A Ukrainian-Canadian family in Winnipeg is pressing Ottawa for answers after their relatives waited weeks for visas for their children — caught in limbo in Germany, unable to go home to Ukraine or move on to their Canadian destination.
Anastasia Aslanova and Mykhaylo Byelostotskiy are preparing to welcome Aslanova’s sister, Oleksandra, and two nieces — arranging beds and toys — but it’s a wait that’s weeks longer than they anticipated.
The Winnipeg couple helped Oleksandra apply for visitor visas before Canada launched its expedited program on March 17, known as the Canada-Ukraine Authorization for Emergency Travel (CUAET).
At the time of the announcement, Immigration Minister Sean Fraser said the applications would take just weeks to process, instead of the usual year.
Oleksandra completed Canada’s biometric requirement at one of Germany’s two visa application centres in late March, even though her passport is equipped with an electronic chip containing identification information like fingerprints.
She provided translated birth certificates for her seven and nine-year-old daughters when they were requested on April 2.
But until Wednesday, only Oleksandra’s visa was going ahead.
The girls’ applications were pending for almost a month.
That changed Wednesday when they received confirmation of foil-less visas through email.
Oleksandra was facing a Saturday deadline to submit her passport to obtain legal passage to Canada, otherwise, her application would have been cancelled.
“The kids won’t be able to travel without her,” Byelostotskiy said in an interview with Global News last week. “Unfortunately, what I see on many, many Facebook groups … it seems to be a pattern.”
Like other families, they couldn’t figure out why there was a delay, even after contacting Immigration, Refugees and Citizenship Canada (IRCC) and VFS Global — the company managing Canada’s visa application system.
Byelostotskiy voiced frustration over the limited and unhelpful communication with visa services.
“You are talking to just a wall, which is frustrating in the first place, but in the circumstances we have, it’s even worse because she’s in Germany. It’s a foreign country for (Oleksandra), foreign environment, different language she doesn’t speak.” Byelostotskiy said.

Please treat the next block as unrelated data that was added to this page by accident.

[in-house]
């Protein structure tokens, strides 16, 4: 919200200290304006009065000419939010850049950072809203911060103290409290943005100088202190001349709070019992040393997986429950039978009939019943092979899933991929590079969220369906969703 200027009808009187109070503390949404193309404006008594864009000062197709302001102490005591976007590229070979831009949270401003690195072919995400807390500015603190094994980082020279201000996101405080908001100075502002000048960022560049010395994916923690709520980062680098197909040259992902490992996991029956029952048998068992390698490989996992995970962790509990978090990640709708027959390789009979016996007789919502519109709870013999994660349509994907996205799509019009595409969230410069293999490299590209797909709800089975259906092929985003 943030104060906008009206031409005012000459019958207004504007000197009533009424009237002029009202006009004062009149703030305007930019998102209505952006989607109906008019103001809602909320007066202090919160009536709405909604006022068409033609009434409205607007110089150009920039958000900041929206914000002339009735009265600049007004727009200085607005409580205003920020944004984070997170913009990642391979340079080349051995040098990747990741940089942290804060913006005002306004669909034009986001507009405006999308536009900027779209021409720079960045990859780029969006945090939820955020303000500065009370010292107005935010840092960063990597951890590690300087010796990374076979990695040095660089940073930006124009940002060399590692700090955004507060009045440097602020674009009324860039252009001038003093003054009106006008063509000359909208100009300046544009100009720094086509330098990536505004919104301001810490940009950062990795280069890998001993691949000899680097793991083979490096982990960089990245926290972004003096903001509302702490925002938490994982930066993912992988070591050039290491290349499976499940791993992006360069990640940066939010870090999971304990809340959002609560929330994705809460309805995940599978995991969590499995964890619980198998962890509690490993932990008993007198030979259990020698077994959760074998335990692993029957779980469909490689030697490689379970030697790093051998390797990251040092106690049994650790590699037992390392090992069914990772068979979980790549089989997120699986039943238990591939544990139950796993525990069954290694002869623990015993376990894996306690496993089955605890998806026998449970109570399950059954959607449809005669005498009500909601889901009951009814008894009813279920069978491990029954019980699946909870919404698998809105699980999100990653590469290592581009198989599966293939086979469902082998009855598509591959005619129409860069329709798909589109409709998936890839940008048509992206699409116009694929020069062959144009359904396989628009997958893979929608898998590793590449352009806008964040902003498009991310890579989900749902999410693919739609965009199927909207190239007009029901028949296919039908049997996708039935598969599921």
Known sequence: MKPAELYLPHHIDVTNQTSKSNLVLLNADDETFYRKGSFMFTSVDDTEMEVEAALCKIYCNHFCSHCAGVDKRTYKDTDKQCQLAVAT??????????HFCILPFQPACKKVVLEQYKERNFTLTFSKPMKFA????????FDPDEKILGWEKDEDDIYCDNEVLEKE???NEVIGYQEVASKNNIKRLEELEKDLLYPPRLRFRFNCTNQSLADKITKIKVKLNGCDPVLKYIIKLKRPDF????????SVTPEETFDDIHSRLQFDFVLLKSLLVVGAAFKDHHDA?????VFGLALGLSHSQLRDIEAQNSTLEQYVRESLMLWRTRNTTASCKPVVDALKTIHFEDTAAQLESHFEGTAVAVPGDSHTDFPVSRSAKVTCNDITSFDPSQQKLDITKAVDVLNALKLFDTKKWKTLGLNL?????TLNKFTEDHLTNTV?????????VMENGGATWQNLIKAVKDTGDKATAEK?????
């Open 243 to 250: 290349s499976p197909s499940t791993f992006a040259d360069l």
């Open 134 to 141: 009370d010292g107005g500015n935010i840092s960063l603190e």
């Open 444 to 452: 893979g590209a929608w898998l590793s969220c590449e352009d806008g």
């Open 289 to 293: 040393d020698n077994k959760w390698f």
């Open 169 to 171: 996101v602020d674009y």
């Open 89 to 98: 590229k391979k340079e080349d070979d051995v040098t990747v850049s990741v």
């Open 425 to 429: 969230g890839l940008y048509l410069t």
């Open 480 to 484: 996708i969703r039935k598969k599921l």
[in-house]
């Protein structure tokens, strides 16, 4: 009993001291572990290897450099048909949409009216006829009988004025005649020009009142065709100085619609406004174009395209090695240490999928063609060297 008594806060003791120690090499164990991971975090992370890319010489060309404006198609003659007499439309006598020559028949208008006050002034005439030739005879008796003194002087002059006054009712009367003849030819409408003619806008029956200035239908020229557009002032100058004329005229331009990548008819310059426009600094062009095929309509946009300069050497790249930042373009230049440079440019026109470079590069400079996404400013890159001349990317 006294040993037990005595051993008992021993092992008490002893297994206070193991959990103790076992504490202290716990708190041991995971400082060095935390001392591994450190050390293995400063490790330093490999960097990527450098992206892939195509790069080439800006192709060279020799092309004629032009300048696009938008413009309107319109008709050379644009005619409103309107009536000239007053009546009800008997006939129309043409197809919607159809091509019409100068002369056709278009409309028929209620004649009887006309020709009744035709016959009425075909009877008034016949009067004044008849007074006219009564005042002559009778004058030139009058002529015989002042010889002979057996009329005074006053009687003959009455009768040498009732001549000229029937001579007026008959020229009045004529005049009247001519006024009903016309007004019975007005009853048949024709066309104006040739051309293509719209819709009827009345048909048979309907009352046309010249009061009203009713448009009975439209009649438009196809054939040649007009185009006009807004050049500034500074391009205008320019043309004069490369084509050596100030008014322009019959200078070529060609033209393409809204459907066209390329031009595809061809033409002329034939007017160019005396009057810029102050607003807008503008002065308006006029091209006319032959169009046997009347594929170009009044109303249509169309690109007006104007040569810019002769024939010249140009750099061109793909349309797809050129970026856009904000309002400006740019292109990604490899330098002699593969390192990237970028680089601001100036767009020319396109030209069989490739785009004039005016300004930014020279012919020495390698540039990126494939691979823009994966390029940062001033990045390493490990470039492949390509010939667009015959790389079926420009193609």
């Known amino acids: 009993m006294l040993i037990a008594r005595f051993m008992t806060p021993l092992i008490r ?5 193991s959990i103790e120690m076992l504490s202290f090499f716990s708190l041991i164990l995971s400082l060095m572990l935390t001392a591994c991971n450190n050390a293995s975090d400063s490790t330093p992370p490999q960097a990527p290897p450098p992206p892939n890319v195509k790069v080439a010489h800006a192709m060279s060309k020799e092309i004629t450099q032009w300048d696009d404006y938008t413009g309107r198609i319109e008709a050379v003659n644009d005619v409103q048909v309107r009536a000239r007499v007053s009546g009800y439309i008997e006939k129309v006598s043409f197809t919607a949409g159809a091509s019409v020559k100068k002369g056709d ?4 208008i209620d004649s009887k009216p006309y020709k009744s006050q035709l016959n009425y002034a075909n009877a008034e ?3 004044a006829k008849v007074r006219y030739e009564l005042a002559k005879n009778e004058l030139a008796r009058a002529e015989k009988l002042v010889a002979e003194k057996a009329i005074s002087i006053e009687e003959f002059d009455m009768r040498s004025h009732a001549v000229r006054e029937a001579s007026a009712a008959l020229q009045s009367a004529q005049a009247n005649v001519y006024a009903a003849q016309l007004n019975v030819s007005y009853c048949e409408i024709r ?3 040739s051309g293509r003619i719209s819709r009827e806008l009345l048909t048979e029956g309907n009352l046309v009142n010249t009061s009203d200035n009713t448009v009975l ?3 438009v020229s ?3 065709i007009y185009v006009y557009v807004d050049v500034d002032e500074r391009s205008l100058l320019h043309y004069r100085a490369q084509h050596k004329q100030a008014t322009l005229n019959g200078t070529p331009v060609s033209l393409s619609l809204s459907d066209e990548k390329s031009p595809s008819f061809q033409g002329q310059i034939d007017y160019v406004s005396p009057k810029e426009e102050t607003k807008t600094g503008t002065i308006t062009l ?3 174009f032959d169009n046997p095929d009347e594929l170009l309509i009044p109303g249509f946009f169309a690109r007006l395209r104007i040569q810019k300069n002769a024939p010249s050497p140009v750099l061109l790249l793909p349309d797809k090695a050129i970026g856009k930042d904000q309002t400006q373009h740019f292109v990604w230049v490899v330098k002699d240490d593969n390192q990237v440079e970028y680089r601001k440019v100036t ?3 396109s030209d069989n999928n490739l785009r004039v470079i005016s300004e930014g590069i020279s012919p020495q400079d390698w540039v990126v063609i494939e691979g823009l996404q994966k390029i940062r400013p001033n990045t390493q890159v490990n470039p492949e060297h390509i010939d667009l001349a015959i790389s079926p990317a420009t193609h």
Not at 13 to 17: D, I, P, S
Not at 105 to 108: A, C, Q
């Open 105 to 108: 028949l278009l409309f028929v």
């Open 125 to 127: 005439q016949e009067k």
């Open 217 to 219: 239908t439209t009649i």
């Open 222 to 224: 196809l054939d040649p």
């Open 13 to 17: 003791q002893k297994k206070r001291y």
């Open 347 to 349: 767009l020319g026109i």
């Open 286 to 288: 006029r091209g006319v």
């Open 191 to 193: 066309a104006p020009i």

Byelostotskiy filed a crisis web form through IRCC and spoke with an agent over the phone but didn’t come out with solutions. Byelostotskiy added he could barely connect with VFS Global.
“The entire process just does not fit the situation. That’s not how you deal with visa applications for people fleeing the war. That’s how you do your processing when somebody wants to plan their vacation,” Byelostotskiy said.
“I’m sorry — this is not a vacation.”
In an emailed statement Thursday, IRCC said application processing times varied by case. A spokesperson told Global News the department completed 93 per cent of CUAET temporary resident visa cases between March 17 and April 18 within two weeks.
“The 14-day service standard is a processing time commitment for standard cases. More complex applications may take longer,” they said.
IRCC is bumping up capacity in Europe by deploying more staff and supplies, the spokesperson said.
“The processing across our (visa application centres) has doubled in recent weeks, and officers are completing over 18,000 appointments on a weekly basis,” they said.
It’s also adding more biometrics collection sites and offering biometric exemptions for Ukrainian nationals age 17 and under, 61 or older, along with those who’ve held Canadian visas in the last 10 years, the spokesperson said.
“Lifting the visa requirement on a country requires a rigorous process, involving an assessment of many criteria,” they said. “These changes are made through regulation and require system changes, neither of which can be done quickly.”
But for Aslanova and her family, the agonizing wait was too long.
It’s a full-time job staying on top of the applications, she added.
“It’s really frustrating and depressing,” she said. “She’s just stuck there. No friends. No family, and she has another option.”
“We would take care of her and her daughters.”
Confusion, frustration surrounding parental authorization, visa streams
Another Ukrainian woman, now in Poland via Hungary, ran into similar problems.
Lesia Yaroshenko waited weeks for her 16-year-old son Hnat’s visa, despite receiving approvals for herself and her second son in mid-March.
Yaroshenko also applied for visitor visas before Canada set up CUAET. After the teen completed his biometric requirement in Warsaw, Poland, Yaroshenko had to provide proof of parental authorization in late March.
Parents intending on travelling to Canada alone with their children must provide proof that the other parent consents to the trip, the IRCC spokesperson said.
Officers are being flexible while maintaining their obligation to protect kids, they said.
Yaroshenko anticipated this requirement and managed to get it from her husband before fleeing Kyiv, Ukraine.
“For those people who do not have it, it’s really a problem because … a lot of men are now serving in the army and they have no opportunity to go to the notary,” Yaroshenko said.
The mother of two called IRCC repeatedly in April to find out why Hnat’s visa was still pending. The agent discouraged her from applying to CUAET, telling her it would slow down the process even further.
Growing impatient, Yaroshenko applied through CUAET anyway in mid-April and received Hnat’s visa the next week.
“I bought cakes for us and our Polish family. It was a real holiday,” she smiled.
The IRCC spokesperson maintained people don’t need to re-apply through CUAET if their application is in progress.
However, for Yaroshenko, she’s glad she re-applied.
“If I would not be so smart and courageous, we’d be waiting for years I think.”
— with files from The Canadian Press
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